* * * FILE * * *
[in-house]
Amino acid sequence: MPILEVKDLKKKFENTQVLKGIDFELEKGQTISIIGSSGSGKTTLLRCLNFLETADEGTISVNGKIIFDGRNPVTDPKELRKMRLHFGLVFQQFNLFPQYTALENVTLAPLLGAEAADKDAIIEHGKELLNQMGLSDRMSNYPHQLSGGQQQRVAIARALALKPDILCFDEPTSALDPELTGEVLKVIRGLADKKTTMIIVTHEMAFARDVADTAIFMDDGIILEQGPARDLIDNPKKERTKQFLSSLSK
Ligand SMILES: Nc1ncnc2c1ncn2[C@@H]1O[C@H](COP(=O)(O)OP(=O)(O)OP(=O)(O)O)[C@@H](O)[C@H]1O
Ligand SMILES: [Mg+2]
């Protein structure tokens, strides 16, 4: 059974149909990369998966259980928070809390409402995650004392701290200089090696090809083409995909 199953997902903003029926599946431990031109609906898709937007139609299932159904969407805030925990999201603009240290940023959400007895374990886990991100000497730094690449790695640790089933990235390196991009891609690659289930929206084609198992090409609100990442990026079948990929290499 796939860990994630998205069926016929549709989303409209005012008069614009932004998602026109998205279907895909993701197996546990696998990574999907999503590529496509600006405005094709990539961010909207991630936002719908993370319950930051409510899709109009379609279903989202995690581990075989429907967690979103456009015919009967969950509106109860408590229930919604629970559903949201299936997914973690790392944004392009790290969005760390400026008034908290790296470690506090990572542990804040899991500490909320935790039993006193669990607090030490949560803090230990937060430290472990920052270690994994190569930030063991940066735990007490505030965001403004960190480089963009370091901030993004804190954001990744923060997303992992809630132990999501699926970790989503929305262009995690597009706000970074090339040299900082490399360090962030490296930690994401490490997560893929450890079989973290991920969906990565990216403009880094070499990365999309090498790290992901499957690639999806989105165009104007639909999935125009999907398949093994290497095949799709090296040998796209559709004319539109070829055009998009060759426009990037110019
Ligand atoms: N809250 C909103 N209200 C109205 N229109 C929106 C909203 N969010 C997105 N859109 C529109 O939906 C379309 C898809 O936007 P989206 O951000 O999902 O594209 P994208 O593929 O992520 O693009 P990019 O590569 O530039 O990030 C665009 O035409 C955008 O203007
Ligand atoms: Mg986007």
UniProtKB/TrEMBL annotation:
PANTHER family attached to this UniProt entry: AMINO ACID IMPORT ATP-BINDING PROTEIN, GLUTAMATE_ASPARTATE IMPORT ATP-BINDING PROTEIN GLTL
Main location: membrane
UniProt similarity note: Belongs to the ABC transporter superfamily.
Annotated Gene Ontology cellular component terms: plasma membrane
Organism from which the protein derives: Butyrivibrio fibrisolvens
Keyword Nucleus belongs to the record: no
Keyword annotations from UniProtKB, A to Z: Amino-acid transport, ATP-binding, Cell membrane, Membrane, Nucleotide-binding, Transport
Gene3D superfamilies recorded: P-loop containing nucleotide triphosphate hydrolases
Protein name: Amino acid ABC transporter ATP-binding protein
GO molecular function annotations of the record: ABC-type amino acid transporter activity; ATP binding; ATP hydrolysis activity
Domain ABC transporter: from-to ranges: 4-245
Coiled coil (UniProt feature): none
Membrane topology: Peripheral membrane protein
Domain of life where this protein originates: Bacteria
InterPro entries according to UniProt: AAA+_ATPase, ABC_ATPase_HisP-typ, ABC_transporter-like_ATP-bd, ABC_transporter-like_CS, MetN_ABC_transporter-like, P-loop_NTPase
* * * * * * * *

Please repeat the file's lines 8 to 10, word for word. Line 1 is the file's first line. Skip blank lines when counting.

UniProtKB/TrEMBL annotation:
PANTHER family attached to this UniProt entry: AMINO ACID IMPORT ATP-BINDING PROTEIN, GLUTAMATE_ASPARTATE IMPORT ATP-BINDING PROTEIN GLTL
Main location: membrane